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Culture-confirmed Tuberculosis in South African Infants Younger Than 3 Months of Age: Clinical Presentation and Management of Respiratory Complications

by Lisa Frigati, MMED; Adrie Bekker, PhD; Silvia Stroebele, MMED; Pierre Goussard, PhD; H. Simon Schaaf, PhD

Published in The Pediatric Infectious Disease Journal, April 2019. doi: 10.1097/INF.0000000000002163

 

 

Little is known about the course and management of perinatal tuberculosis (TB). This publication describes the presentation, medical and surgical management of culture-confirmed TB in infants younger than 3 months of age.

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Respiratory syncytial virus (RSV) and child pneumonia

RSV-and-child-pneumonia-webinar-cover-im_20190314-164122_1

Above, photo submitted by Keith Klugman, The Bill & Melinda Gates Foundation

 

Talks by:

 

Ting Shi, University of Edinburgh: ”Global disease burden estimate of RSV in young children”

 

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Engaging communities in collecting and using results from verbal autopsies for child deaths: an example from urban slums in Freetown, Sierra Leone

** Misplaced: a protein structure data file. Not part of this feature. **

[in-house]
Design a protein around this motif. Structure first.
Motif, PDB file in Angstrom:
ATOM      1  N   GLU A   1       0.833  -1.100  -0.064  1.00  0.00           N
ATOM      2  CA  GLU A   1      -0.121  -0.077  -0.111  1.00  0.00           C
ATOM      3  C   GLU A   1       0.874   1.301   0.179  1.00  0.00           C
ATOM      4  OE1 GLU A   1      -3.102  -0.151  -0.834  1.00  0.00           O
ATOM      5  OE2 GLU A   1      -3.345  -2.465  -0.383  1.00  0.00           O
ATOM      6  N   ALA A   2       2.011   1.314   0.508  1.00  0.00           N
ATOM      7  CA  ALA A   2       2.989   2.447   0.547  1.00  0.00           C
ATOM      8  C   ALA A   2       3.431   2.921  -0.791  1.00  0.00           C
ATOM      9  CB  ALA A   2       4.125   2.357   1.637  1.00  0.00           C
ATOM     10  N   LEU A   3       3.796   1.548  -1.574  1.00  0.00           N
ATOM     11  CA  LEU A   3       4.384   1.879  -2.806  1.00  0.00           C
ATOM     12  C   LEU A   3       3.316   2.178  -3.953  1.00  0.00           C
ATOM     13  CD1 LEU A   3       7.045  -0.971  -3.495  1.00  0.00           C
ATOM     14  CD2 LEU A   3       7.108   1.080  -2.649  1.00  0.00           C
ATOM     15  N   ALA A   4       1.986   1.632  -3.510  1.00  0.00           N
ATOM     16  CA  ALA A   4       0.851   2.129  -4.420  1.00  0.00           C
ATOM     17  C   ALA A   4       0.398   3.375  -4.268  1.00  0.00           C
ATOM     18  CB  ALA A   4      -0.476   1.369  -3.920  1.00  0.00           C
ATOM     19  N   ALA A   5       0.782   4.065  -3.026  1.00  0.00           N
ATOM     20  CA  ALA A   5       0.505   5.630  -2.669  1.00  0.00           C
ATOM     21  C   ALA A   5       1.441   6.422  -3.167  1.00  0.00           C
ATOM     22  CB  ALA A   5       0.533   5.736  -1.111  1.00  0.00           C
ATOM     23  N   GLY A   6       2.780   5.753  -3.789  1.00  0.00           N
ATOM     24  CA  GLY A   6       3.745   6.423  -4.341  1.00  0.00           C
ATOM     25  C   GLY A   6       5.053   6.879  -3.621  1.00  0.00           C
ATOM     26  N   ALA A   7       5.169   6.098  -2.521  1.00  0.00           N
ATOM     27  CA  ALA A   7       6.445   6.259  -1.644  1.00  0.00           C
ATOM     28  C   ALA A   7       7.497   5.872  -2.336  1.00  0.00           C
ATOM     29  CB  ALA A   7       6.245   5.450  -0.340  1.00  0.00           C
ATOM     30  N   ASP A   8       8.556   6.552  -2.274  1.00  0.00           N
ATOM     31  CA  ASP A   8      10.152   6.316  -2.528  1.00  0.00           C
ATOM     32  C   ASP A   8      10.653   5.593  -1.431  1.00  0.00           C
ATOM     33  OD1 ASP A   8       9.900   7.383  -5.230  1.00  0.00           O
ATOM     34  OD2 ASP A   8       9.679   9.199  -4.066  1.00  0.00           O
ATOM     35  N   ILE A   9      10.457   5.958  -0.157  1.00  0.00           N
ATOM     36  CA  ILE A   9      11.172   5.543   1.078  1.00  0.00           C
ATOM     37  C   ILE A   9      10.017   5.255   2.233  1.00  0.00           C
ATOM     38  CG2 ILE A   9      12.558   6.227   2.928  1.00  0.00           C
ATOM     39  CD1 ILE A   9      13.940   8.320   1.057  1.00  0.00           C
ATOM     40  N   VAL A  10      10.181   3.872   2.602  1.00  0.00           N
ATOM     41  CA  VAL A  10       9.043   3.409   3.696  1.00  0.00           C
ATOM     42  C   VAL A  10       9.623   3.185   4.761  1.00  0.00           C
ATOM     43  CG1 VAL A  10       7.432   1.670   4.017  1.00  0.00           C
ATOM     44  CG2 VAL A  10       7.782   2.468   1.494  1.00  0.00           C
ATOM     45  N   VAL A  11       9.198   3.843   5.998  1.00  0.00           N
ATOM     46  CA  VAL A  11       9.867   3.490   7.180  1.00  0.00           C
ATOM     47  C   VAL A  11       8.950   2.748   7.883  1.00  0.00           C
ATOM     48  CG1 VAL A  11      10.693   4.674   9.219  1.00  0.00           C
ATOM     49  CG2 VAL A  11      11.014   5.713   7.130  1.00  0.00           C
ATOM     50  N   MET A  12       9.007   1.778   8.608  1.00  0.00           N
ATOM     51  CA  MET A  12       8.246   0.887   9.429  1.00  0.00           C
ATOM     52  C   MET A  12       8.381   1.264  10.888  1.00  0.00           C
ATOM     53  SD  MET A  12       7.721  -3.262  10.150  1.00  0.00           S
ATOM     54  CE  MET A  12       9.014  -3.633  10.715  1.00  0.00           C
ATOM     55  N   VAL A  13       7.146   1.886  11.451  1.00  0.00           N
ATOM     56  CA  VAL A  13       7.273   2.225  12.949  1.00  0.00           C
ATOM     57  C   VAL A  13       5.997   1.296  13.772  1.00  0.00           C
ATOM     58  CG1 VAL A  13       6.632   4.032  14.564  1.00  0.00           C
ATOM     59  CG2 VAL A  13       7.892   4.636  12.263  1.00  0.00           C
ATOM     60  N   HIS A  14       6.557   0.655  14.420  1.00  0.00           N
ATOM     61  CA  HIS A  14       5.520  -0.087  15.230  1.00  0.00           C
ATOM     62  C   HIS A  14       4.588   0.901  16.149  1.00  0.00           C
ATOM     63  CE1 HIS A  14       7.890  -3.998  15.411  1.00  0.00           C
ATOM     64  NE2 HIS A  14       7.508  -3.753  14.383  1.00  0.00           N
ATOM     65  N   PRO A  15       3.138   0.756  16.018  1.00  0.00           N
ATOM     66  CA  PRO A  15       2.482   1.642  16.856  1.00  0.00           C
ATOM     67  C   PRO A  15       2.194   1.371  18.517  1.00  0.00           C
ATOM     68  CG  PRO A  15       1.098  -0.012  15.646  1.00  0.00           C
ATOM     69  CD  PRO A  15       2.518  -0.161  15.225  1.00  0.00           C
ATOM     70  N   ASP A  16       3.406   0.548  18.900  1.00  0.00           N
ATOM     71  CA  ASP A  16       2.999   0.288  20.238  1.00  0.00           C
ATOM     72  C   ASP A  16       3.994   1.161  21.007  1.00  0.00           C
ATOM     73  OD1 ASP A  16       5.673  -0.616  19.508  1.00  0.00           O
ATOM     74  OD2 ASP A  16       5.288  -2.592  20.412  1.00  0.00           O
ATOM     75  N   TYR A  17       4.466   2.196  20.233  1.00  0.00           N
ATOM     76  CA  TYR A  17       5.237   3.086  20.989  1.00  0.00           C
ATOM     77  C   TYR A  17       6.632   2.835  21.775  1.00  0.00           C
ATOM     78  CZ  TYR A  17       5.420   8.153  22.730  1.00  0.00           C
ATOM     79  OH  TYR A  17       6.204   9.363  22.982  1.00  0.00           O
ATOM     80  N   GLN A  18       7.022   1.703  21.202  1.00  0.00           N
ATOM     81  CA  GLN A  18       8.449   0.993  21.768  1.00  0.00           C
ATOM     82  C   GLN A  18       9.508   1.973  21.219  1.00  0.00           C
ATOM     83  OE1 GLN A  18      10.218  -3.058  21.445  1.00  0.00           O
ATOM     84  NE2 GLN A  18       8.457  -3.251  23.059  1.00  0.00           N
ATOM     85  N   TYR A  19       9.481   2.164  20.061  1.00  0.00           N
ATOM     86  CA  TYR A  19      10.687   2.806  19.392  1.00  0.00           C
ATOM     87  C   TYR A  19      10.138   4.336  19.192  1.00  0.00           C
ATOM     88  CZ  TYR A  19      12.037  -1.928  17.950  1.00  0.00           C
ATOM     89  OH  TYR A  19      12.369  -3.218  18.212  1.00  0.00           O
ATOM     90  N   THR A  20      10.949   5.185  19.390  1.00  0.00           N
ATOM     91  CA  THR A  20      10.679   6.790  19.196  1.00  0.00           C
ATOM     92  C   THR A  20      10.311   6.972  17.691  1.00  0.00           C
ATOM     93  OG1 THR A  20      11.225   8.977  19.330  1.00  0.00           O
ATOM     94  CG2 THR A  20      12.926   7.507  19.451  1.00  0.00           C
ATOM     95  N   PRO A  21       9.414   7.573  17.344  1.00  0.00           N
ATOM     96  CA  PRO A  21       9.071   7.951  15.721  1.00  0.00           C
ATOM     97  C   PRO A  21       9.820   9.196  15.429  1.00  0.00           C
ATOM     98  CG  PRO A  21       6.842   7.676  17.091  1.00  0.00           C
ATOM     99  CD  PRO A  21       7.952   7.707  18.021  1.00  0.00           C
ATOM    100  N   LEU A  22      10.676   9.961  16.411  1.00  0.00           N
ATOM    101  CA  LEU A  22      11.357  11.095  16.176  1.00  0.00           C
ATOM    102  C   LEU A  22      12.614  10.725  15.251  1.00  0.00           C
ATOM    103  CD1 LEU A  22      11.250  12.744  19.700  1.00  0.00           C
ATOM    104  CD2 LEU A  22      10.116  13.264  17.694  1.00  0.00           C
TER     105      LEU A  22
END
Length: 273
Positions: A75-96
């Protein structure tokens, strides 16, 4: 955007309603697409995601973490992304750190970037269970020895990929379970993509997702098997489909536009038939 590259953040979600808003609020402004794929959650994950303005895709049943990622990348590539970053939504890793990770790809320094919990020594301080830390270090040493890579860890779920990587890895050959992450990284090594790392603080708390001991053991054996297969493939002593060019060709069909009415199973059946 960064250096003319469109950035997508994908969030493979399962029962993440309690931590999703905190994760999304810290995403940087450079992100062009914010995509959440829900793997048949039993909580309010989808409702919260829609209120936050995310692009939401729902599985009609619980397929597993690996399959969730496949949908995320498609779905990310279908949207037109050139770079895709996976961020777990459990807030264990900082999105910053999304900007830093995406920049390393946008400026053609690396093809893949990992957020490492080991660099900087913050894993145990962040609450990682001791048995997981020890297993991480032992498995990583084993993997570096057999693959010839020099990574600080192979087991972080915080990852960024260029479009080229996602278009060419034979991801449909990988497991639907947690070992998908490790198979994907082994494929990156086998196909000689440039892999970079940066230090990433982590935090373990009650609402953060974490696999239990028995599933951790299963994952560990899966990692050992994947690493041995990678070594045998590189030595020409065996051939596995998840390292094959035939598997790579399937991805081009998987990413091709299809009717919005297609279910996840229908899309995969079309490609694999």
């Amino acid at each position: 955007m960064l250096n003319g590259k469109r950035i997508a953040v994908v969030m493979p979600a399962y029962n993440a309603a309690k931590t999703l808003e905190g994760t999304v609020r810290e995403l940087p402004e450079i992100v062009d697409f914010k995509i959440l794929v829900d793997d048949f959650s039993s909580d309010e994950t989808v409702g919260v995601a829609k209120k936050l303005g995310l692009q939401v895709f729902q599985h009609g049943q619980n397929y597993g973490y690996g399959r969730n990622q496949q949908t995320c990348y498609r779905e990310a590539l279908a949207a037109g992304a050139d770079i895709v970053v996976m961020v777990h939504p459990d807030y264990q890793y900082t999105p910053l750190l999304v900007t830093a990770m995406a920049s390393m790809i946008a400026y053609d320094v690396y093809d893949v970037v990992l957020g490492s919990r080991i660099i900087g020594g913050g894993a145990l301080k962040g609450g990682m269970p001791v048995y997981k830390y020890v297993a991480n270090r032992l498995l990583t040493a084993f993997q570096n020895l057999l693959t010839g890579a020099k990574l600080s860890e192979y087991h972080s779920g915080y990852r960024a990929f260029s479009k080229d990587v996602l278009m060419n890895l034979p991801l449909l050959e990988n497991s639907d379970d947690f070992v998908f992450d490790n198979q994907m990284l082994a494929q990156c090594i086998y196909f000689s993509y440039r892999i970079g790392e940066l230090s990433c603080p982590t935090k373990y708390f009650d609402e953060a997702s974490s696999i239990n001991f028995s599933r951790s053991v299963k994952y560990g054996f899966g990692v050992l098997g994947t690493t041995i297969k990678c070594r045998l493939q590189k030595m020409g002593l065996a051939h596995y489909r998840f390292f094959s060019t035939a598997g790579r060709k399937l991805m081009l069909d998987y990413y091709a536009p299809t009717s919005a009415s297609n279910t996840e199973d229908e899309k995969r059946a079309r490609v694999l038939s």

by Hutain J, Perry HB, Koffi AK, Christensen M, Cummings O'Connor E, Jabbi SB, Samba TT, and Kaiser R

Scheduled for release in The Journal of Global Health, June 2019. 

 

 

Verbal autopsies (VAs) can provide important epidemiological information about the causes of child deaths. Though studies have been conducted to assess the validity of various types of VAs, the programmatic experience of engaging local communities in collecting and using VA has received little attention in the published literature. Concern Worldwide, an international non-governmental organization (NGO), in collaboration with the Ministry of Health and Sanitation (MOHS), has implemented a VA protocol in five urban slums of Freetown, Sierra Leone. This paper provides VA results and describes lessons learned from the VA process.

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An Outpatient Clinic as a Potential Site of Transmission for an Outbreak of New Delhi Metallo-β-Lactamase–producing Klebsiella pneumoniae Sequence Type 716: A Study Using Whole-genome Sequencing

by Amélie Heinrichs, Maria Angeles Argudín, Ricardo De Mendonça, Ariane Deplano, Sandrine Roisin, Magali Dodémont, Julien Coussement, Lorenzo Filippin, Jill Dombrecht, Katrien De Bruyne, Te-Din Huang, Philip Supply, Baudouin Byl, Youri Glupczynski, and Olivier Denis

Published in Clinical Infectious Diseases, 05 March 2019. https://doi.org/10.1093/cid/ciy581

 

 

The incidence of nosocomial infections due to carbapenem-resistant Klebsiella pneumoniae is increasing worldwide. Whole-genome sequencing (WGS) can help elucidate the transmission route of nosocomial pathogens.

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Immune Responses to Middle East Respiratory Syndrome Coronavirus During the Acute and Convalescent Phases of Human Infection